The president of the US needs to understand the importance of Central and Eastern Europe and spend more time on an “intelligent dialogue” with leaders of those countries, US presidential candidate George Pataki said this week.
Pataki, a Republican who was elected New York State governor three times, is the first US politician of Hungarian descent running for president. He told state news agency MTI after announcing his bid for the US presidential nomination that “from day one the Obama administration has not paid enough attention to Central and Eastern Europe”.
“It‘s not just Hungary, it‘s Poland that… I remember one of the first decisions they [the US] made was to pull the missile defence out of Poland and I believe the Czech Republic without even communicating with those countries,” he said.
“Communication is a two-way street and I think the president of the United States and his foreign policy team should understand the importance of Central and Eastern Europe and spend more time having an intelligent dialogue with the leaders of those countries.”
Commenting on the difference of opinions about Hungary within the Republican Party, he said “when you look at the challenges facing the United States today maintaining very good open relationships with Central Europe is an important part of it.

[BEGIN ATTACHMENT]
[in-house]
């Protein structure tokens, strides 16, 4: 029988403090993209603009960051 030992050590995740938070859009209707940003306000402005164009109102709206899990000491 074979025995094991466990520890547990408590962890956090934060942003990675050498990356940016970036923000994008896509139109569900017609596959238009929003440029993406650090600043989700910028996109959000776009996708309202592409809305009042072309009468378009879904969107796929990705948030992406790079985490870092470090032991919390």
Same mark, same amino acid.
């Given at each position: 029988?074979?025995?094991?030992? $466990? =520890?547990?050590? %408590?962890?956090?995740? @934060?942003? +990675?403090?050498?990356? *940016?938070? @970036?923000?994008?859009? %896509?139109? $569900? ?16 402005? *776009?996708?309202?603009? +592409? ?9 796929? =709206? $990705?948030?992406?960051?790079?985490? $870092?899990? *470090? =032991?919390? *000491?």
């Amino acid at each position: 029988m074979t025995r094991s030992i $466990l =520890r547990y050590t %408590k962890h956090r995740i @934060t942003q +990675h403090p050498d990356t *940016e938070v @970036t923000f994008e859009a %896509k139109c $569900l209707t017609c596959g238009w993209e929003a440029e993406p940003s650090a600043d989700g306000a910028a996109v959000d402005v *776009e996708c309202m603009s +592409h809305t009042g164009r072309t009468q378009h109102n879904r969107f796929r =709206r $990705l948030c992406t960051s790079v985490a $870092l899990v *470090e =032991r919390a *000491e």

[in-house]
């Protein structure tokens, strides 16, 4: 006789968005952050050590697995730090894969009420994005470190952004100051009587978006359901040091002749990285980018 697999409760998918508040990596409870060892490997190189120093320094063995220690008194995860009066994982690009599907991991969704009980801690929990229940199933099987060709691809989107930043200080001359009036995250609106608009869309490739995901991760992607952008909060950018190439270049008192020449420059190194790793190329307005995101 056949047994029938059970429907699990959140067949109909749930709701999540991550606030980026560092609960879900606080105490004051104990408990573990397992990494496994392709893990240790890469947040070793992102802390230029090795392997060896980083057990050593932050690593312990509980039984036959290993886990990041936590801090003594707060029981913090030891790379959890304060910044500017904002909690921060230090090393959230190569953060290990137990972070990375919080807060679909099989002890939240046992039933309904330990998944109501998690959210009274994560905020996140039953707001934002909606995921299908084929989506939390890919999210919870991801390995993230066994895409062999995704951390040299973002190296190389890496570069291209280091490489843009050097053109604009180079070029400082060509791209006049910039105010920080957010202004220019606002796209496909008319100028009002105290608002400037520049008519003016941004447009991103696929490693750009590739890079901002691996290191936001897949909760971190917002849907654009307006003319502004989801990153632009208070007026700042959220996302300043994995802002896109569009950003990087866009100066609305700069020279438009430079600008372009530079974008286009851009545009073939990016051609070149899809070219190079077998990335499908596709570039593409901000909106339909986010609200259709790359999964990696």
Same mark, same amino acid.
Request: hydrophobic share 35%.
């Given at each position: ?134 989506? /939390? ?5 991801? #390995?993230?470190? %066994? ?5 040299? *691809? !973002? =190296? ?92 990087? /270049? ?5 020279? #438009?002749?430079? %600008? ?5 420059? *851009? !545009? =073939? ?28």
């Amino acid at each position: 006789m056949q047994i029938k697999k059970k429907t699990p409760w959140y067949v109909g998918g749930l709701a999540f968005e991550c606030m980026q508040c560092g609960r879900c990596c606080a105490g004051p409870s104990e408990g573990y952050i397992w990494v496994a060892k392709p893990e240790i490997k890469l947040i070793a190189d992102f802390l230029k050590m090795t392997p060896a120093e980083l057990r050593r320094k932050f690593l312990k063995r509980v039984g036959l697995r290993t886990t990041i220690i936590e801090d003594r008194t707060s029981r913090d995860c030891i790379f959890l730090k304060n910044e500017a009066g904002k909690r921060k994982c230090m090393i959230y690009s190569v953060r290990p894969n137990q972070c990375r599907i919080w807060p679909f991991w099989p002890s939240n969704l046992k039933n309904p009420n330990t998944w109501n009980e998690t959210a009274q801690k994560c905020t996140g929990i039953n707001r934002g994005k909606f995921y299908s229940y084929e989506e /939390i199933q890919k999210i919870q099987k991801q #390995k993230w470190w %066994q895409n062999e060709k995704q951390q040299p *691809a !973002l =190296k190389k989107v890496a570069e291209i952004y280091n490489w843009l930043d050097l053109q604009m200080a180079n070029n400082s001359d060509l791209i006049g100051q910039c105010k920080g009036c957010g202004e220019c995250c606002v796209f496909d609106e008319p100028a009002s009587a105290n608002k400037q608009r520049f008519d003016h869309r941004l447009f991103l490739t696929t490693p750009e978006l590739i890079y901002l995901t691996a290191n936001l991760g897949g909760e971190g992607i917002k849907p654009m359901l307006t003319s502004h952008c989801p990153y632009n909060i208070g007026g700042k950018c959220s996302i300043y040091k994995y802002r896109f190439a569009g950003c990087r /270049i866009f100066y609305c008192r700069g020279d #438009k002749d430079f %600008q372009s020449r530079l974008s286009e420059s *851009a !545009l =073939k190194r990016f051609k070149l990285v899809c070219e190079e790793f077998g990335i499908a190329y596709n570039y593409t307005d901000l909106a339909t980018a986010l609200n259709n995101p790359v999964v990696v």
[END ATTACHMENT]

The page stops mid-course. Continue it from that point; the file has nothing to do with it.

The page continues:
“But certainly the priority has to be in protecting Americans` freedom and dealing with the crises we see, whether it is resurgent Russia and radical Islam and I know that Hungary is in NATO, they‘ve had troops in Afghanistan, they‘ve been supportive of the West‘s efforts against radical Islam and that matters,” Pataki said.
Asked about the United States’ position on energy security, he said Central and Eastern Europe “have to understand that being overly dependent on Russian sources of natural gas creates enormous challenges. And to develop alternate sources, alternate pipelines, sources that are domestic, renewable sources, all of those things.
“But my focus is going to be on leading the American people and the American country. There are challenges facing Hungary, there are challenges facing Central and Eastern Europe, but there are enormous challenges facing the American government and I‘m not pleased with the direction of the American government so that‘s going to be my focus: changing Washington”.